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  • Article

    Looking Sharp

    Sure, he'd hate it--and it's hard to imagine that he could squeeze more schmoozing time into any given day. But imagine if Denver Art Museum director Lewis Sharp were the city's omnipotent art czar. Oh, the disappointments we might have been spared. ...

    by Michael Paglia on May 15, 1997
  • Article

    Do the White Thing

    All that bastardization of African-American music by white rock-and-rollers produced some terrific stuff. But white pop music is pasty indeed compared to original rhythm-and-blues masters like Aretha Franklin, Chuck Berry and Little Richard. The rock...

    on May 15, 1997
  • Article

    Wed Scare

    The musical version of Jan de Hartog's Tony Award-winning play The Four Poster is called I Do! I Do!--and if it weren't for two fine performers who pump their life's breath into it at Littleton's Town Hall Arts Center, it would be a resounding I Don'...

    on May 15, 1997
  • Article

    Wedding Bell Blahs

    Only Stephen Sondheim or the devil could build an entire musical around a 35-year-old bachelor spending two and a half hours trying to decide whether he's ready for marriage. Get over yourself, jackass. Come to think of it, apart from two or thr...

    on May 8, 1997
  • Article

    Fore Play

    Jules Feiffer's Carnal Knowledge was written in the 1960s, made into a film starring Jack Nicholson and Art Garfunkel in the 1970s, and revised in the late 1980s. It may seem a bit dated today--most educated men, after all, have learned a little some...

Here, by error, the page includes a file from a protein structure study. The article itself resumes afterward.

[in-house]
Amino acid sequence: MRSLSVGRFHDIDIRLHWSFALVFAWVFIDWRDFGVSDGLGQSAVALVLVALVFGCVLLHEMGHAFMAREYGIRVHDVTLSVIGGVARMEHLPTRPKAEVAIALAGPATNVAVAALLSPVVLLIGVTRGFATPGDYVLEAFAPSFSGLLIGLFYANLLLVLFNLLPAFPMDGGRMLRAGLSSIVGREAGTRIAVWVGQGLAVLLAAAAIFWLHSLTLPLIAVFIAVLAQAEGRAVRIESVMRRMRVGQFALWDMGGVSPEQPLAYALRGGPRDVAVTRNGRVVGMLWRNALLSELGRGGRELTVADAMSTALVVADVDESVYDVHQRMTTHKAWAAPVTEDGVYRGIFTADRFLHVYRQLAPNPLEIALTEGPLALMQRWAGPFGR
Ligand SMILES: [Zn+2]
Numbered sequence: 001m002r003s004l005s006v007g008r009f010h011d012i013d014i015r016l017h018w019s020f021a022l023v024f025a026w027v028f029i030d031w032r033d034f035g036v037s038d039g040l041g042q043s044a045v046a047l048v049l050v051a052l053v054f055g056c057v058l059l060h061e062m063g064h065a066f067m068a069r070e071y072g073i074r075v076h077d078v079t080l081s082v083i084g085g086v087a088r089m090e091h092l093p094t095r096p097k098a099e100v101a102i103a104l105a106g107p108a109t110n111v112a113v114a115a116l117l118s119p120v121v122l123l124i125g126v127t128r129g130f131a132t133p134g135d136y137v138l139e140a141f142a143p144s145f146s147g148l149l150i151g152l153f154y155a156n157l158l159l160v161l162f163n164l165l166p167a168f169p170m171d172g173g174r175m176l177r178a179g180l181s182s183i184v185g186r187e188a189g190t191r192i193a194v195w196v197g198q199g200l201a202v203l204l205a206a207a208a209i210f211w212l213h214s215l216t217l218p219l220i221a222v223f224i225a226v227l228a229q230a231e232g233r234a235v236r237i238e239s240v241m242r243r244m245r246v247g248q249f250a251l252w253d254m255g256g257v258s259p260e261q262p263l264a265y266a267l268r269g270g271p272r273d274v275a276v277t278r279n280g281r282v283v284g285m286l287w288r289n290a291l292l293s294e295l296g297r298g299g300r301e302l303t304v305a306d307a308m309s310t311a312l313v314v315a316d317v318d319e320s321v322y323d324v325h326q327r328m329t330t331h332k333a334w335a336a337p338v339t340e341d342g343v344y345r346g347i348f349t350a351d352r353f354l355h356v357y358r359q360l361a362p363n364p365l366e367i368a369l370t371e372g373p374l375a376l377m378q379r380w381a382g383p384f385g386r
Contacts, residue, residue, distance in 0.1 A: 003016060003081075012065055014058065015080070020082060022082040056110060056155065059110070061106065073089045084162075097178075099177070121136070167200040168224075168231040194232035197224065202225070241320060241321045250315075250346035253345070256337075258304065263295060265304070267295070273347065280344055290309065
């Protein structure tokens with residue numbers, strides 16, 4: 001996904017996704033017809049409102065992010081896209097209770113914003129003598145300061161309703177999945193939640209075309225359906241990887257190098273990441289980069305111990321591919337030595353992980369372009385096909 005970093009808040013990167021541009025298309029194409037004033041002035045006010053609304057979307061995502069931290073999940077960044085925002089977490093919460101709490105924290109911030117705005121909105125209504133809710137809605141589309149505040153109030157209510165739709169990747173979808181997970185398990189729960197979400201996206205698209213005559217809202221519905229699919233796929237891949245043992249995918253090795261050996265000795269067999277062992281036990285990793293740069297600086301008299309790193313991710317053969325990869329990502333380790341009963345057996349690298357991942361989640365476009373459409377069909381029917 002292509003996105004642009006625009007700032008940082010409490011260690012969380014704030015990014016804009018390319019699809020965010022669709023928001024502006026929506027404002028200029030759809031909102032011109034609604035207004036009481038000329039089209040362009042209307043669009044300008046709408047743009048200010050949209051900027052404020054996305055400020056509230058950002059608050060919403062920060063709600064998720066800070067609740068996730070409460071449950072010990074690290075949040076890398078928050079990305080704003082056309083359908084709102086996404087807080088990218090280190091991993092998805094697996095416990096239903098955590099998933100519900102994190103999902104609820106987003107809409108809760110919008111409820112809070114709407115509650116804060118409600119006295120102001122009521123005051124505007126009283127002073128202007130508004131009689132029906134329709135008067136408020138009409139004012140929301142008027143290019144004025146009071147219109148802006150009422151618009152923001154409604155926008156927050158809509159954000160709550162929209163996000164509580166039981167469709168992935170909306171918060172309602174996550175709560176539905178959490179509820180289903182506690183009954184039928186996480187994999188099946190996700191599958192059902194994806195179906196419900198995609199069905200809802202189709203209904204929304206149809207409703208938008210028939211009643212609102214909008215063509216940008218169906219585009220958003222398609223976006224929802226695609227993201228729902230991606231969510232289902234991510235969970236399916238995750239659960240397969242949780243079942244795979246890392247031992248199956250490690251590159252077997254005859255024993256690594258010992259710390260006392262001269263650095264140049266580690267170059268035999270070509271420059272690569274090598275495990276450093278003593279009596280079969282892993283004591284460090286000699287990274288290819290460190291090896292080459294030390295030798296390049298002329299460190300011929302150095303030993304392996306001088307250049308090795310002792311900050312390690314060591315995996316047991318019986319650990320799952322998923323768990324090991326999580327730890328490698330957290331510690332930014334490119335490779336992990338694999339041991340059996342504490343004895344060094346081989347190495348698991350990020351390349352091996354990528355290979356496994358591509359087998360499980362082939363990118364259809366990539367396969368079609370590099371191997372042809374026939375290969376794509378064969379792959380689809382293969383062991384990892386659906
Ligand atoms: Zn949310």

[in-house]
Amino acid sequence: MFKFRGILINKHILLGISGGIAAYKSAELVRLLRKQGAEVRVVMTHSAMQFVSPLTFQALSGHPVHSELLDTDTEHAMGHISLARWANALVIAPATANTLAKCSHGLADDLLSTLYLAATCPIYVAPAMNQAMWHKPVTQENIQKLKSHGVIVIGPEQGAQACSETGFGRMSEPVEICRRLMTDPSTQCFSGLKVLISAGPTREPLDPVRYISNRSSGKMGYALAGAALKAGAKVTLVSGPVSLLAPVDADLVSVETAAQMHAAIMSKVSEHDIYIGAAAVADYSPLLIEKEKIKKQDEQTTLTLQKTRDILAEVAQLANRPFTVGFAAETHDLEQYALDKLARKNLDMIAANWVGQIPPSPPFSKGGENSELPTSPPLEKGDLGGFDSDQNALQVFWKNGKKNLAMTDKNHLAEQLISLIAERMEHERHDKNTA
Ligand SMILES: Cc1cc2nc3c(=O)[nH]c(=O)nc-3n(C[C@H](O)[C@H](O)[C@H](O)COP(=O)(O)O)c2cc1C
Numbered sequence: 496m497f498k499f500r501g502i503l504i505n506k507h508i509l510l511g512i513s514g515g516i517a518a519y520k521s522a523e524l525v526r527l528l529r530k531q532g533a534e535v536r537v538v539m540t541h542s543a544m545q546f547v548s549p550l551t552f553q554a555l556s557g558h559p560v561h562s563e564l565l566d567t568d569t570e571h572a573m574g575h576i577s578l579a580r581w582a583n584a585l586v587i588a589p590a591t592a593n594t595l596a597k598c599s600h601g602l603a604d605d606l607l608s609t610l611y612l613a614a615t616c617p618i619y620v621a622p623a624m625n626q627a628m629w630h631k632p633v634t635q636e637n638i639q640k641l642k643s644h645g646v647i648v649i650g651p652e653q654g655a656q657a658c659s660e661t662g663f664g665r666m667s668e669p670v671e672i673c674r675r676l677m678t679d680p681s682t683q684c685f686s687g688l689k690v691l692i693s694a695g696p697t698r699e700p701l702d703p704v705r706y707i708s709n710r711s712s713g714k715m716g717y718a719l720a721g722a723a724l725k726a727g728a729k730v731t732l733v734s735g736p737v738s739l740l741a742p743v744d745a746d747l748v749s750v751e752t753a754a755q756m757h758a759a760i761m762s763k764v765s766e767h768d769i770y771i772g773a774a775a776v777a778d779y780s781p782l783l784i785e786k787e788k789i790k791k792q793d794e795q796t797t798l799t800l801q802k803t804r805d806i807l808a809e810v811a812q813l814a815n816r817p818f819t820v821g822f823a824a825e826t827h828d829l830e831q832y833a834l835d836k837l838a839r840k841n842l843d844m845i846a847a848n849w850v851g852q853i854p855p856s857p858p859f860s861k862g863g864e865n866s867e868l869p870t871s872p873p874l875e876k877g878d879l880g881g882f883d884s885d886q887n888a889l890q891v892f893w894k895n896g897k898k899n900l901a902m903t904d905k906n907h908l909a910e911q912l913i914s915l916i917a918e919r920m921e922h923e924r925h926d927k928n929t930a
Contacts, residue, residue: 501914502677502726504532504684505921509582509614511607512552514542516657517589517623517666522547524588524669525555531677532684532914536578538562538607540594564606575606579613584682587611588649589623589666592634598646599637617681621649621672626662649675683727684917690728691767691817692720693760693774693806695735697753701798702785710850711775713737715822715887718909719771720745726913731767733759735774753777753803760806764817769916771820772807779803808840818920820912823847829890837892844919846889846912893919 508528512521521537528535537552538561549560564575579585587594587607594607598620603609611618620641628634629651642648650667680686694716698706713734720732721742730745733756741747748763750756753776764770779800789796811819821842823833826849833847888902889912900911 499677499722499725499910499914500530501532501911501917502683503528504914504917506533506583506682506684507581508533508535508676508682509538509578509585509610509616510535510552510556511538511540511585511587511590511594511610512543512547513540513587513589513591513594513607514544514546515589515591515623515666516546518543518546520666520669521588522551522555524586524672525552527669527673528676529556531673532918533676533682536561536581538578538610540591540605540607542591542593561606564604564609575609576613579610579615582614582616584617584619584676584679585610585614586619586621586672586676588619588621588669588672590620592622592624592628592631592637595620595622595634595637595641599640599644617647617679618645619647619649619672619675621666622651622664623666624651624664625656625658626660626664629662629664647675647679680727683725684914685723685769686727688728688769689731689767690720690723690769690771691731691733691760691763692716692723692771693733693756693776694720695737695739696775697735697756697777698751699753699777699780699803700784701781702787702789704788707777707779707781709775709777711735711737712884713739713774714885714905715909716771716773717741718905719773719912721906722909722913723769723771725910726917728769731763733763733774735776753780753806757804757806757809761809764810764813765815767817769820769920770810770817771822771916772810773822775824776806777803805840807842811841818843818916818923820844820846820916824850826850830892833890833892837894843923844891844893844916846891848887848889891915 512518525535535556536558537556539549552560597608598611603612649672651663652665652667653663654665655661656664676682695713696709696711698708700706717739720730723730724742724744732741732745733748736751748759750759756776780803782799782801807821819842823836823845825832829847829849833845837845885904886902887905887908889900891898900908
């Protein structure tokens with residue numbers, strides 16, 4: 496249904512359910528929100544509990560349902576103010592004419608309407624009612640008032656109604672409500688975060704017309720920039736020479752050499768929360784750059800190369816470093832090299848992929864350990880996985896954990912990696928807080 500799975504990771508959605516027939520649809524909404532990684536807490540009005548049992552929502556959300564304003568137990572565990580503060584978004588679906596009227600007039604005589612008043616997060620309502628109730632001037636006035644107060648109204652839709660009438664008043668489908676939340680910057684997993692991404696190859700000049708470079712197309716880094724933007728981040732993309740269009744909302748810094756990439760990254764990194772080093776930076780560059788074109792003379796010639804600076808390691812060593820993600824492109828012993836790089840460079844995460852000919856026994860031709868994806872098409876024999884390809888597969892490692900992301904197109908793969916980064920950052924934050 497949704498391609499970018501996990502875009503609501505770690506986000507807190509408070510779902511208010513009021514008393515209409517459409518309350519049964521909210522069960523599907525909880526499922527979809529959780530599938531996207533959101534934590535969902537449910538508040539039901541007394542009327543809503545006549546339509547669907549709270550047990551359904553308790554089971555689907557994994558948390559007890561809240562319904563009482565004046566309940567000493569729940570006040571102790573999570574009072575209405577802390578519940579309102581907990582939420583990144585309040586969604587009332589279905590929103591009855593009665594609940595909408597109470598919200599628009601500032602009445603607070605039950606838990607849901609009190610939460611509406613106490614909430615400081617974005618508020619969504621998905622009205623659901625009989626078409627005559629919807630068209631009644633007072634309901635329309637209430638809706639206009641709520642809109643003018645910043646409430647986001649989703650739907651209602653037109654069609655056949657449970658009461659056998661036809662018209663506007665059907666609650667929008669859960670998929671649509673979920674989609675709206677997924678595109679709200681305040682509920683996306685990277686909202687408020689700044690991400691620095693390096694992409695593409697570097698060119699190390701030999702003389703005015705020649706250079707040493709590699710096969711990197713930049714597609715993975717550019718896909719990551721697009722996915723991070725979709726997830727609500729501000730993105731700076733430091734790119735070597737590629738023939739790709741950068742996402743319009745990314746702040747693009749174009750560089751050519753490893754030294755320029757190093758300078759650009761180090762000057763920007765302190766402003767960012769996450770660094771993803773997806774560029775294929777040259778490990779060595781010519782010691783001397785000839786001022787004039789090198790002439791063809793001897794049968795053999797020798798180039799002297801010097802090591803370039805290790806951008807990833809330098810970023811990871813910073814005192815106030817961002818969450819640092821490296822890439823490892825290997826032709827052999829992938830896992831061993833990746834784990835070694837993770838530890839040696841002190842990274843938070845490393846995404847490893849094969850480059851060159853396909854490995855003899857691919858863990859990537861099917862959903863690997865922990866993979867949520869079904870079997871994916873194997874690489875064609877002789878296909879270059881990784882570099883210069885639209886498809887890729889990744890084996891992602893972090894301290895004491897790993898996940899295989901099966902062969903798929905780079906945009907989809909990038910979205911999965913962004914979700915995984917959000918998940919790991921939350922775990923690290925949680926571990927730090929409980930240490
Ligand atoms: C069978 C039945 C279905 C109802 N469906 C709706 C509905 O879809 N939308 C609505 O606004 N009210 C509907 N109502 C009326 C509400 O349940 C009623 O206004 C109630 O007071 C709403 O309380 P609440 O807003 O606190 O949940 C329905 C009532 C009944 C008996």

on May 8, 1997
  • Article

    Road Kill

    It was in the early 1980s that many of Denver's alternative art spaces first came into being. Spark and then Pirate were founded, and within a few years, Edge and Core and other, more minor locales appeared. At first these spaces were little more tha...

    by Michael Paglia on May 8, 1997
  • Article

    Spring Cleaning

    We may or may not have seen the last of the snow this year, but signs of renewal--such a part of the ritual of spring--are visible everywhere. Blossoming along with all of those tulips is the city's local alternative-art scene, where a veritable nose...

    by Michael Paglia on May 1, 1997
  • Article

    Muller's Crossing

    East German playwright Heiner Muller is not well-known in America, so the Lida Project's production of HamletMachine presents a rare opportunity for Denver audiences to experience his wild woolliness. And what an experience: Such extravagant crazines...

    on May 1, 1997
  • Article

    Strife on the Mississippi

    A controversy over racial stereotypes has dogged the remounting of Jerome Kern and Oscar Hammerstein II's Show Boat. But the art and soul of this 1927 musical remains the beautiful song "Ol' Man River." Sung by a character who is an ex-slave, it refl...

    on May 1, 1997
  • Article

    Facts and Fantasies

    Painters Jack Balas and Wes Hempel are fixtures on Denver's art scene despite residing in what might be called the Outer Mongolia of the Front Range--the sleepy northern Colorado town of Berthoud. To a great extent, their in-town fame is the product ...

    by Michael Paglia on April 24, 1997